Considering a Transfer... Bad Idea?

<p>I currently attend Illinois Institute of Technology in Chicago, IL which I was basically forced to go to due to financial constraints. I have been through only one year, but it is just not the environment and education I was really hoping for. I started out right into my major courses (Chemical Engineering) because of a lot of AP credit, so really I am a year ahead anyway. I wanted to go to Rose-Hulman Institute of Technology and am considering transferring there after next year. I intend to apply for a fellowship through the EPA that would, if I got it, give me a lot more financial leeway than I had before. Also, I'm thinking I might be able to swing a deal with RHIT since I have had research experience during this past year and these past two summers in addition to a 4.0 GPA. Do you think it would be relatively pointless to transfer at this stage in the game? Also, do you think transferring to a little more respected University (if you would consider more respected) would slightly increase my chances of a graduate school like Stanford (I have been very impressed by their environmental engineering department and there are a few staff that do research in exactly what I am looking into)? </p>

<p>I plan to email the department at RHIT beforehand if I find that I am very serious about transferring and seeing how my courses would transfer at first. Also email the professors there that are into research that I am interested in and see if they can support my fellowship. What do you guys think? Am I jumping to conclusions or would it maybe be a good idea since I find myself very discouraged at IIT?</p>

<p>RHIT is a step up from IIT and Stanford will certainly care about the pedigree of your undergrad (much more so if you're applying for a PhD rather than an MS, but you talked about research so I assume you want a PhD). Despite the cliche in engineering of "work hard, and no one will care where you did your undergrad", my observations suggest otherwise. I have an actual list of where my Stanford EE grad class did their undergrad. Among the domestic PhD students, a full 40% are from the perennial top 5 of EE (MIT, Stanford, Berkeley, Illinois, Caltech). Caveat: for the domestic PhDs, response rate was ~50-60%, but that's not too bad and the data still speaks for itself. The story is probably similar in environmental engineering.</p>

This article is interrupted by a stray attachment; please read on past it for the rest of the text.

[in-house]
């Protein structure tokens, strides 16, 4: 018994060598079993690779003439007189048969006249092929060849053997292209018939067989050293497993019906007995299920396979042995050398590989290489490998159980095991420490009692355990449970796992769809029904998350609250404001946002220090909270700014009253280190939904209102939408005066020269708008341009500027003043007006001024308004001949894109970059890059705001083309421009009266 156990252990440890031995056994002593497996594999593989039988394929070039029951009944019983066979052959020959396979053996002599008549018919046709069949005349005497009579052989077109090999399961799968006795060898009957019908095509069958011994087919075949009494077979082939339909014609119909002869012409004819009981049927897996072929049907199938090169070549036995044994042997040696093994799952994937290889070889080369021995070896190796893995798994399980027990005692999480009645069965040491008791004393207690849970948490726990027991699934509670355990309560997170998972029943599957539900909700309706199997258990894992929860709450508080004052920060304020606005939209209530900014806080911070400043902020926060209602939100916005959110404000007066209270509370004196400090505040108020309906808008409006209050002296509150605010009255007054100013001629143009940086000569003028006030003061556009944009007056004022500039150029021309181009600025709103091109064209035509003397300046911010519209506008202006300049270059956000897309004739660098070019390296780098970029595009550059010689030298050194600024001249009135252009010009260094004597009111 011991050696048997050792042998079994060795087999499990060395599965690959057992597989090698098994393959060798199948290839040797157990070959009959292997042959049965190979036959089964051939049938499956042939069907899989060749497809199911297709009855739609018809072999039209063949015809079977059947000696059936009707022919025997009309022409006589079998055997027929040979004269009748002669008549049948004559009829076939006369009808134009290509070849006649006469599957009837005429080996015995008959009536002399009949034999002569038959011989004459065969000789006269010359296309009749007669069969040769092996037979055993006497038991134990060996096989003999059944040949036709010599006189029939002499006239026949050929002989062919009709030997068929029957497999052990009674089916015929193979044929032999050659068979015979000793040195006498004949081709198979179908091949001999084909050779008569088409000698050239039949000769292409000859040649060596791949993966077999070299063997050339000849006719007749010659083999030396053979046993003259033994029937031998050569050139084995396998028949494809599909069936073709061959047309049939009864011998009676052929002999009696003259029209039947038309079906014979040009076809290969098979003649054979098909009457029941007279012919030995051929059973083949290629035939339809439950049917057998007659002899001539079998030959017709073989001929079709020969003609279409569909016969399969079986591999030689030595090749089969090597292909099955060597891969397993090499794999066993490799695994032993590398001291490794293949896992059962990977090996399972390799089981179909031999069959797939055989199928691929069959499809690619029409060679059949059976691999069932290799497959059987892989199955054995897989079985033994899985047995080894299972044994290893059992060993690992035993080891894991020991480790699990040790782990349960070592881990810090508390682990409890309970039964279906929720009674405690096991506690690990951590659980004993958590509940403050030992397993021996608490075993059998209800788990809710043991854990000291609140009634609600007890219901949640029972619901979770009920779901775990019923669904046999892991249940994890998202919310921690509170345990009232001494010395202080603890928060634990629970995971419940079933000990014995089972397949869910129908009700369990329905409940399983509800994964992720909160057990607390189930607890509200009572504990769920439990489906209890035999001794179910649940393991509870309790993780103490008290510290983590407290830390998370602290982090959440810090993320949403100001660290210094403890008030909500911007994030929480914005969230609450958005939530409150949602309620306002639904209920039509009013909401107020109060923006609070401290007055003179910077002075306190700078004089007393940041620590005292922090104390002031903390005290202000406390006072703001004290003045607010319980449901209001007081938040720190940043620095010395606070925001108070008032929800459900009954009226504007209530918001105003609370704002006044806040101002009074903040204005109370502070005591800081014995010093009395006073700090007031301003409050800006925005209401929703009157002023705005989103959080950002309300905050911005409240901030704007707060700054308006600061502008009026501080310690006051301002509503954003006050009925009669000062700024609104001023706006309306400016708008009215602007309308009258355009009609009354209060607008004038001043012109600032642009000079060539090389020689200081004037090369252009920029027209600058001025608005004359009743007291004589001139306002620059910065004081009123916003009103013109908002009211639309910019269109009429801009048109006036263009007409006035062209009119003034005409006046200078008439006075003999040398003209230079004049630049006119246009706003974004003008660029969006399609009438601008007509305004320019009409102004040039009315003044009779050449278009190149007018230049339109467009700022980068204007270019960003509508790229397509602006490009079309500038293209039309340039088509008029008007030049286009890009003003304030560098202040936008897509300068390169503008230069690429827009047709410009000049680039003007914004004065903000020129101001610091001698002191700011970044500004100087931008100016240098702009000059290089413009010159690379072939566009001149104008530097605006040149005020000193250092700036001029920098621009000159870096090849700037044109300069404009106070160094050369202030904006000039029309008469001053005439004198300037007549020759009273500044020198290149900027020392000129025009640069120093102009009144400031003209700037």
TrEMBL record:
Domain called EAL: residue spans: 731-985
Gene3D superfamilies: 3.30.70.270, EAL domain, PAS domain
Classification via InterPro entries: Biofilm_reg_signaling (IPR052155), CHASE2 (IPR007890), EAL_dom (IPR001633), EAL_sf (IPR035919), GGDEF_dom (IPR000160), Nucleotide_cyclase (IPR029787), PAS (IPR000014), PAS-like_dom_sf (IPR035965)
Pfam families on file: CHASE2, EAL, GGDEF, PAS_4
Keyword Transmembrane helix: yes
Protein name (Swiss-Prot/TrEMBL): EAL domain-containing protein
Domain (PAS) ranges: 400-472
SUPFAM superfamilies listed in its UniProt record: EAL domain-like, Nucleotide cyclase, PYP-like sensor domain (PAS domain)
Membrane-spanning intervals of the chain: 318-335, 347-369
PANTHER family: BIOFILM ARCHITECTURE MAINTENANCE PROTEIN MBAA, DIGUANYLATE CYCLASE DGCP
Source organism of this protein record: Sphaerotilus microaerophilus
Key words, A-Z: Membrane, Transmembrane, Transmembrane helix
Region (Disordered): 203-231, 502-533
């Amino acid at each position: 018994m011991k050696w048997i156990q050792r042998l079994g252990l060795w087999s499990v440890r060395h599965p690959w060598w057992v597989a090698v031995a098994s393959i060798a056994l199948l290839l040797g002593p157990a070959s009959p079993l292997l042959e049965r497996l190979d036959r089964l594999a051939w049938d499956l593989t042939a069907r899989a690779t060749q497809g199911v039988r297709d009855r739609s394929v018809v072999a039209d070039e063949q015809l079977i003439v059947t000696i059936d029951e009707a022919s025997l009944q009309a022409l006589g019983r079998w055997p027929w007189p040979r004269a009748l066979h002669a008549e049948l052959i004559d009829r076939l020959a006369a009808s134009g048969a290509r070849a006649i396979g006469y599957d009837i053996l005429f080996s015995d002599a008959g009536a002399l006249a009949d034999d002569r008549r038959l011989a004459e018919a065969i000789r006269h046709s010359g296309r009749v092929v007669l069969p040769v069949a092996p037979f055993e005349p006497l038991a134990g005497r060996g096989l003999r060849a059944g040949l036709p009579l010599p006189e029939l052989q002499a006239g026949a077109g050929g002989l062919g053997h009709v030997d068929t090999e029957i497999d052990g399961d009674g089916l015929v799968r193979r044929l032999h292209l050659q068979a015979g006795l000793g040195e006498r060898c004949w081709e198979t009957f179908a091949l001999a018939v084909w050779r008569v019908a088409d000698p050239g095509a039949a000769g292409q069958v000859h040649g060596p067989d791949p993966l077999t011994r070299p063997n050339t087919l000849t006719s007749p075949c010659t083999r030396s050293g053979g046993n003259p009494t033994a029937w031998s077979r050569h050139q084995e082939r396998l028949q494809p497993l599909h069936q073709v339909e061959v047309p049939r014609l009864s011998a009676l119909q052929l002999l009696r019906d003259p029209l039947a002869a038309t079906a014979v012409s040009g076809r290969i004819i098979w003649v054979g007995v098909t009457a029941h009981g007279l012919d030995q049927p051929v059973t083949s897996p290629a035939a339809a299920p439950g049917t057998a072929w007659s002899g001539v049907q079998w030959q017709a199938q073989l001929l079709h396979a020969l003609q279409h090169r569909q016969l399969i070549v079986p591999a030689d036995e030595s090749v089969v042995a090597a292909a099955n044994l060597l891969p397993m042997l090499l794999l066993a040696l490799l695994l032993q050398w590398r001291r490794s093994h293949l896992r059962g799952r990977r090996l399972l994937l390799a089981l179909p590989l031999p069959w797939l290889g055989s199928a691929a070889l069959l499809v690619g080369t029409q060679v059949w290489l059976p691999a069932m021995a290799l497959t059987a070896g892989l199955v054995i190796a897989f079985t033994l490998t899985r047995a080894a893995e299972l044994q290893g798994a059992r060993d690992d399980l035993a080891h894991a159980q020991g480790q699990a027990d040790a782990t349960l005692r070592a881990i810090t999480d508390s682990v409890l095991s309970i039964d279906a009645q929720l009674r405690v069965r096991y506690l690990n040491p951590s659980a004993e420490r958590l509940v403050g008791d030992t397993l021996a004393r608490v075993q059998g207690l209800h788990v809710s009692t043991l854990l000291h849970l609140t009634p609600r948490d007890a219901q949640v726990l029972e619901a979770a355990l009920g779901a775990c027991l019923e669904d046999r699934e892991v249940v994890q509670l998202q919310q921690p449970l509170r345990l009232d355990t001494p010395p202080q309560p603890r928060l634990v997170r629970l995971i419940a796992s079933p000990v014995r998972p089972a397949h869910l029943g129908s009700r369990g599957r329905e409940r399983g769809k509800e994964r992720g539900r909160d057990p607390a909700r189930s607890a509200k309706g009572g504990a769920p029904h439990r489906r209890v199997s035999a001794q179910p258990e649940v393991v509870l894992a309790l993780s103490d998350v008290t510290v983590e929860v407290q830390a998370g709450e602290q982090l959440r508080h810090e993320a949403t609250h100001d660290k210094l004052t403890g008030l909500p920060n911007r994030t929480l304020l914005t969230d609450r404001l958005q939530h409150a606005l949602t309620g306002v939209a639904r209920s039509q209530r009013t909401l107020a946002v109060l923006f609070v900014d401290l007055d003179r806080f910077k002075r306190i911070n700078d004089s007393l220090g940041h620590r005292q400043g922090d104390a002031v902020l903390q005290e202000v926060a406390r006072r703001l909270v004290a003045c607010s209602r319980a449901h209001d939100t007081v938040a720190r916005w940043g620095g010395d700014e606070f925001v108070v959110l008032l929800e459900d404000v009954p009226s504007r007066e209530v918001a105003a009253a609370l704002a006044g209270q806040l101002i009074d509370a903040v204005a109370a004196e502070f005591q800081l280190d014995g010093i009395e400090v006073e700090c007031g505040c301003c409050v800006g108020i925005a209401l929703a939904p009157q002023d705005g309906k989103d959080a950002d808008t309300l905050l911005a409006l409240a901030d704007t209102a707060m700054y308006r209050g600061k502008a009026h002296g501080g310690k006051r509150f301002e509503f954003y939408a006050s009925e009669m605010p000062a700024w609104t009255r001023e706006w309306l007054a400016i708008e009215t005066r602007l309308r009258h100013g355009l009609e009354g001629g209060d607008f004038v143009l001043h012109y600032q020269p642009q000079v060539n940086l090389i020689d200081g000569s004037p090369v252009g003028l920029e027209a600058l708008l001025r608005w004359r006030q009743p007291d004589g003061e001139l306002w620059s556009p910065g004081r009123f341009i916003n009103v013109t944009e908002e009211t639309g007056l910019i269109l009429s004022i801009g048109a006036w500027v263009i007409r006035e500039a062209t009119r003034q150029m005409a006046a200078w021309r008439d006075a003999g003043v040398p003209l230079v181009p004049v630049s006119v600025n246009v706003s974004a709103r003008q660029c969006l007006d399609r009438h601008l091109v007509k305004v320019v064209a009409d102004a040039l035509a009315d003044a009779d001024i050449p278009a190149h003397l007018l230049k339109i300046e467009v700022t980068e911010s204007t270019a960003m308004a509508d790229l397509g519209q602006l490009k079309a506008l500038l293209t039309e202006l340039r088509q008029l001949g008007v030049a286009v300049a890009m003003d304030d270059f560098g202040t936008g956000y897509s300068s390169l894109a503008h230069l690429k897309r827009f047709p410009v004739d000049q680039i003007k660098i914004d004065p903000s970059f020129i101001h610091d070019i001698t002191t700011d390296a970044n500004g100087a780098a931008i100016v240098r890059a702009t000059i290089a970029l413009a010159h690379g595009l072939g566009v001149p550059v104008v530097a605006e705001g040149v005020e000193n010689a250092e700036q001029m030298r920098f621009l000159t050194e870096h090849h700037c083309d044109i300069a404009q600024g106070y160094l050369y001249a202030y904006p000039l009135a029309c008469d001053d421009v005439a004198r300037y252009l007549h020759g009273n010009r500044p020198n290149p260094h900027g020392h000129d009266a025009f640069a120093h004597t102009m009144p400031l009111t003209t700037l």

<p>I don't think there is anything wrong with your plan. Though be advised, getting funding as a transfer student is very hard, unless your EFC is close to 0 on your FAFSA. That's my personal experience anyway.</p>

<p>I'm assuming you're an Illinois native if you chose IIT. Why not look at UIUC for a transfer option? If you want to transfer to a more "respected" university, UIUC has one of the best engineering colleges in the country, by rankings anyway.</p>

<p>Since you haven't started the transfer process yet you won't be able to transfer until winter semester at the earliest. Maybe this fall will be better than last year. But if not, I see no reason to transfer if you're not happy with the environment and can find an amicable and financially viable alternative elsewhere.</p>